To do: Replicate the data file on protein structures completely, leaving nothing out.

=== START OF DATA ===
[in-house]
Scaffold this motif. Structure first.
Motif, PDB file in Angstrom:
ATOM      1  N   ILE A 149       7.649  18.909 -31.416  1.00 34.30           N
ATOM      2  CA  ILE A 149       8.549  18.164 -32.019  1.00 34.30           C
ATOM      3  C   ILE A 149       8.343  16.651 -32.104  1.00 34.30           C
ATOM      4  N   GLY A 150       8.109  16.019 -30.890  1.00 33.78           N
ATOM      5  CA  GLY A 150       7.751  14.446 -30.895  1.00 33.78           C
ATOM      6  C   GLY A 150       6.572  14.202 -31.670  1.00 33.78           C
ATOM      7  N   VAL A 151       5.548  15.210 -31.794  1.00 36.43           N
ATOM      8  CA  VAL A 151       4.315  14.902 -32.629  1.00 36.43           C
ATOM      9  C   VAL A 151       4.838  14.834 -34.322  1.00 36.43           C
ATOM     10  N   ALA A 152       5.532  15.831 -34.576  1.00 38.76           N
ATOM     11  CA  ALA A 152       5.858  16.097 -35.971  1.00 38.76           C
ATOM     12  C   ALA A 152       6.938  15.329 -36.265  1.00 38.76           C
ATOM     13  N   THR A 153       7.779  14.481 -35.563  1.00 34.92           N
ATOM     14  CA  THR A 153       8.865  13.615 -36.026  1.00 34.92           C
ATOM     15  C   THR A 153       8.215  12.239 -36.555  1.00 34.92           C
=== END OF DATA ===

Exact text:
[in-house]
Scaffold this motif. Structure first.
Motif, PDB file in Angstrom:
ATOM      1  N   ILE A 149       7.649  18.909 -31.416  1.00 34.30           N
ATOM      2  CA  ILE A 149       8.549  18.164 -32.019  1.00 34.30           C
ATOM      3  C   ILE A 149       8.343  16.651 -32.104  1.00 34.30           C
ATOM      4  N   GLY A 150       8.109  16.019 -30.890  1.00 33.78           N
ATOM      5  CA  GLY A 150       7.751  14.446 -30.895  1.00 33.78           C
ATOM      6  C   GLY A 150       6.572  14.202 -31.670  1.00 33.78           C
ATOM      7  N   VAL A 151       5.548  15.210 -31.794  1.00 36.43           N
ATOM      8  CA  VAL A 151       4.315  14.902 -32.629  1.00 36.43           C
ATOM      9  C   VAL A 151       4.838  14.834 -34.322  1.00 36.43           C
ATOM     10  N   ALA A 152       5.532  15.831 -34.576  1.00 38.76           N
ATOM     11  CA  ALA A 152       5.858  16.097 -35.971  1.00 38.76           C
ATOM     12  C   ALA A 152       6.938  15.329 -36.265  1.00 38.76           C
ATOM     13  N   THR A 153       7.779  14.481 -35.563  1.00 34.92           N
ATOM     14  CA  THR A 153       8.865  13.615 -36.026  1.00 34.92           C
ATOM     15  C   THR A 153       8.215  12.239 -36.555  1.00 34.92           C